That feeling didn’t last long. Scherzer endured through a ragged start to his lone exhibition outing before opening night, serving up a three-run homer to Gregorius in the top of the first and then former teammate Bryce Harper in the top of the second, which ended with the Phillies leading 7-0.
“Hey, I got beat around a little bit, but that’s good,” the three-time Cy Young Award winner said. “You know, you have to work out of the stretch, have to make pitches in those types of situations. That’s what happens in the regular season. It’s not always just going through lineups, and everything is easy.”
Scherzer did find his way after those first two innings and retired nine of the last 10 hitters he faced, striking out the side in the top of the fifth to complete an 87-pitch outing that will have to suffice as his final prep for the Yankees on Thursday night.
“Everybody knows what they have to do to get ready for the season,” said Scherzer, who faced teammates three times before tonight’s lone start against another opponent. “And for me, I know what I needed to accomplish out of the four starts to get ready for the season as best I could. And to be able to get the pitch count and press the pitch count above 80 today and get it above 85, that really bodes well to go out there and really compete late in the game, more so than I even thought I was going to be able to coming into this.”
The Nationals lineup, featuring all regulars except for Victor Robles (who was in the dugout tonight for the first time since spring) was not nearly as successful against Philadelphia ace Aaron Nola, who tossed five innings of one-hit ball and needed only 64 pitches despite actually recording four outs in a pair of innings that were completed with less work than he needed.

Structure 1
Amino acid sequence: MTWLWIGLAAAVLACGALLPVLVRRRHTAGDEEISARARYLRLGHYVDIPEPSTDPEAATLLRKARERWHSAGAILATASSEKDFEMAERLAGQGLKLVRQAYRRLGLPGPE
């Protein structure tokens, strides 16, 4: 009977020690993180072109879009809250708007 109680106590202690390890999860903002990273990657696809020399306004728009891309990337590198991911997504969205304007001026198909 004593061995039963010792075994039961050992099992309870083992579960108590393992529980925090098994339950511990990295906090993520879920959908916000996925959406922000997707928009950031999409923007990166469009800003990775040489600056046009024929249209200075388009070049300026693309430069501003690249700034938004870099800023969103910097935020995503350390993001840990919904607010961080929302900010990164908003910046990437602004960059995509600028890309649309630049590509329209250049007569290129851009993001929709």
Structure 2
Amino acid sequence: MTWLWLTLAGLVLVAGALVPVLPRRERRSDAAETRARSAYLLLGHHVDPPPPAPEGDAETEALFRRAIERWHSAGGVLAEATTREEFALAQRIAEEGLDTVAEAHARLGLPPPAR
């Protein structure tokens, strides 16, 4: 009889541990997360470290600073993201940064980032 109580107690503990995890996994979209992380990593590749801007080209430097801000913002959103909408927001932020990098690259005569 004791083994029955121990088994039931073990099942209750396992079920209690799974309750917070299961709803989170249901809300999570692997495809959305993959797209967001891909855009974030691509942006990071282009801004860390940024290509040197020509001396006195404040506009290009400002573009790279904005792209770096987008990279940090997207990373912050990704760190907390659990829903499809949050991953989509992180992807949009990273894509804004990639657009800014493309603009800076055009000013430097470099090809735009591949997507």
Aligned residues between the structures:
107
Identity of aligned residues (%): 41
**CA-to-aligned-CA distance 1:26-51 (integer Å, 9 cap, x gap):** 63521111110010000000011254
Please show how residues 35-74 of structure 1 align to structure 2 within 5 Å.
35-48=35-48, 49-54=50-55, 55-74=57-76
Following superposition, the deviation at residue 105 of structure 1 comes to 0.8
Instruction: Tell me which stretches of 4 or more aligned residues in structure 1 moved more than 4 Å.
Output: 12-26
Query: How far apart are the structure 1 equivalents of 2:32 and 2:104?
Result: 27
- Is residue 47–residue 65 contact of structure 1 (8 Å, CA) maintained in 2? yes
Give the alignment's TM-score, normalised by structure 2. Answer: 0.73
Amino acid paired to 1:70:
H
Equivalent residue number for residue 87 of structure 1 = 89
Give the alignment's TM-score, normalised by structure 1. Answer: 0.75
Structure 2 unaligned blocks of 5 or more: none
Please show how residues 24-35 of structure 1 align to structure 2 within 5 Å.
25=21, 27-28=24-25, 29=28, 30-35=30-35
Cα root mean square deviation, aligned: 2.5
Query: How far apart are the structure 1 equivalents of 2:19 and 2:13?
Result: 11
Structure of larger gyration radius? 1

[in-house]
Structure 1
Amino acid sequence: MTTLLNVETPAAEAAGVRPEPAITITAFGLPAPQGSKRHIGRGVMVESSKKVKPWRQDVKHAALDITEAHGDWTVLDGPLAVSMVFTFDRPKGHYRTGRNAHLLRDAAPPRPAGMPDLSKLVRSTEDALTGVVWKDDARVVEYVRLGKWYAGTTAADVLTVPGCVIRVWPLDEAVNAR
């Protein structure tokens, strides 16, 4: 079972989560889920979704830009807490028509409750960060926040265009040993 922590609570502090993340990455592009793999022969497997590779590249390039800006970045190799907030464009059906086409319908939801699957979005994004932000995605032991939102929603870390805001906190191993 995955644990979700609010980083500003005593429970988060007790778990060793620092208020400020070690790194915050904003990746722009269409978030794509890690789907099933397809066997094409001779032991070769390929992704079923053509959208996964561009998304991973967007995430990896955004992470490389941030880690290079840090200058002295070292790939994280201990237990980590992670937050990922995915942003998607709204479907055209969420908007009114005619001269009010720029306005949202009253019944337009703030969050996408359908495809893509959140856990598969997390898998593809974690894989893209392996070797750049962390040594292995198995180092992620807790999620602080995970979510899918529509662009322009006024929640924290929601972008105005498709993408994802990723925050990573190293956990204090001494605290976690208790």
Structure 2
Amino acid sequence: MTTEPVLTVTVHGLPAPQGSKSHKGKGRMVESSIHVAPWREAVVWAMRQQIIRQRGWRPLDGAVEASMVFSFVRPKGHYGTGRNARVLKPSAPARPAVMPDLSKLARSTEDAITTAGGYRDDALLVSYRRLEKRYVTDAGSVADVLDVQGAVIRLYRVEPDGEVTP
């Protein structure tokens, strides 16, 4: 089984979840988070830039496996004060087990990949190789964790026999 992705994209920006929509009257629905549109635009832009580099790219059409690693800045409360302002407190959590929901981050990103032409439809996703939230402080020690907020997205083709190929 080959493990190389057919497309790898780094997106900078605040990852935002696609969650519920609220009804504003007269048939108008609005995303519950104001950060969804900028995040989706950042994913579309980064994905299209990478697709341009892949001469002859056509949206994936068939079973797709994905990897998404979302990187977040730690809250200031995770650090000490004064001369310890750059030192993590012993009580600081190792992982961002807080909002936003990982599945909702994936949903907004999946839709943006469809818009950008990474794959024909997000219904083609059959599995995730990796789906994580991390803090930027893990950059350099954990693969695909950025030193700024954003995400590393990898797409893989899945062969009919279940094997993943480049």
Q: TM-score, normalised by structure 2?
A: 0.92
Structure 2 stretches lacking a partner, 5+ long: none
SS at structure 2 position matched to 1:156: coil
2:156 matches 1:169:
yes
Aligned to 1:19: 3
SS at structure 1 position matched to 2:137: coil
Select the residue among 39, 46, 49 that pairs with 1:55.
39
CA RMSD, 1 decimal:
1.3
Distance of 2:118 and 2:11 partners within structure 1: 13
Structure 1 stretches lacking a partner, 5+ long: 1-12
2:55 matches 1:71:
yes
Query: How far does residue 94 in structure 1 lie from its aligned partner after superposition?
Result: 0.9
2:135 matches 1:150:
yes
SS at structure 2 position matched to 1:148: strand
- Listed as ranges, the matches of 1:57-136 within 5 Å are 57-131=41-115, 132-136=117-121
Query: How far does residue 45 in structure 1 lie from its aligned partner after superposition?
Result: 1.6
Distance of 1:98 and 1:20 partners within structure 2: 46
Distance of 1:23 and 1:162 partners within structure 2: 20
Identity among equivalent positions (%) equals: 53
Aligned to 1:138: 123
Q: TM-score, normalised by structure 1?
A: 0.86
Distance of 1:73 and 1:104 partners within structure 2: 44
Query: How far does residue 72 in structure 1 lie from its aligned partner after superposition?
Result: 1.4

The artificial crowd didn’t have much reason to cheer, though it finally got to make some noise when the Nationals scored a run in the bottom of the sixth off reliever Héctor Neris. A recorded version of the “N-A-T-S! Nats! Nats! Nats! Woo!” chant that typically emanates from the 300 level behind the plate made its debut.
The seventh-inning stretch featured “Take Me Out to the Ballgame” and A-ha’s “Take on Me,” albeit with no audience participation.
“It’s definitely different without the fans,” Turner said. “It’s going to be a little bit of an adjustment, but I’m a fan of the crowd noise. I think it kind of helps simulate a more natural game noise for us, at least. Maybe not the energy in the stadium with a bases-loaded, two-out situation. But just communicating and talking to one another, I think it helps.”
As the reserves and relievers completed the final innings of this game, the sun set behind the third base overhang and the first baseball game of 2020 at Nationals Park had been completed.
It was a comforting thought and yet also a reminder of the wholly uncomfortable situation we’re all in these days.
“This is it,” Martinez said. “I told them: Come opening day, this is what you’re gonna get. You gotta be prepared. You gotta find that inner soul and motivate yourself and your teammates behind you and try to do the best you can.”